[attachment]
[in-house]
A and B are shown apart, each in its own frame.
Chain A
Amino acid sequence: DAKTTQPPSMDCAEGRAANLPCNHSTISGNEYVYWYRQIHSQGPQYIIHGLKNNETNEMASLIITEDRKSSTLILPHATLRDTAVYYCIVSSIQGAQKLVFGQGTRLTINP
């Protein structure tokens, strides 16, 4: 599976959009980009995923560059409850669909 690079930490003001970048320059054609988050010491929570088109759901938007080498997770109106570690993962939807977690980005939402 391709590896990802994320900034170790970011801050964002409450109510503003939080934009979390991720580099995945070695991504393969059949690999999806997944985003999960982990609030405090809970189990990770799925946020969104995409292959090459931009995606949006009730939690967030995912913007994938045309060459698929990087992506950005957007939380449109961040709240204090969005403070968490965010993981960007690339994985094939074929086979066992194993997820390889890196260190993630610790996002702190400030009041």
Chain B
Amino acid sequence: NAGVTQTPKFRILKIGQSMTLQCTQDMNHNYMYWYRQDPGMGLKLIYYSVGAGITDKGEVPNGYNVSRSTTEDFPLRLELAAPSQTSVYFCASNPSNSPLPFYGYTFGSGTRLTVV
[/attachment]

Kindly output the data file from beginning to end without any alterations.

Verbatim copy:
[in-house]
A and B are shown apart, each in its own frame.
Chain A
Amino acid sequence: DAKTTQPPSMDCAEGRAANLPCNHSTISGNEYVYWYRQIHSQGPQYIIHGLKNNETNEMASLIITEDRKSSTLILPHATLRDTAVYYCIVSSIQGAQKLVFGQGTRLTINP
């Protein structure tokens, strides 16, 4: 599976959009980009995923560059409850669909 690079930490003001970048320059054609988050010491929570088109759901938007080498997770109106570690993962939807977690980005939402 391709590896990802994320900034170790970011801050964002409450109510503003939080934009979390991720580099995945070695991504393969059949690999999806997944985003999960982990609030405090809970189990990770799925946020969104995409292959090459931009995606949006009730939690967030995912913007994938045309060459698929990087992506950005957007939380449109961040709240204090969005403070968490965010993981960007690339994985094939074929086979066992194993997820390889890196260190993630610790996002702190400030009041």
Chain B
Amino acid sequence: NAGVTQTPKFRILKIGQSMTLQCTQDMNHNYMYWYRQDPGMGLKLIYYSVGAGITDKGEVPNGYNVSRSTTEDFPLRLELAAPSQTSVYFCASNPSNSPLPFYGYTFGSGTRLTVV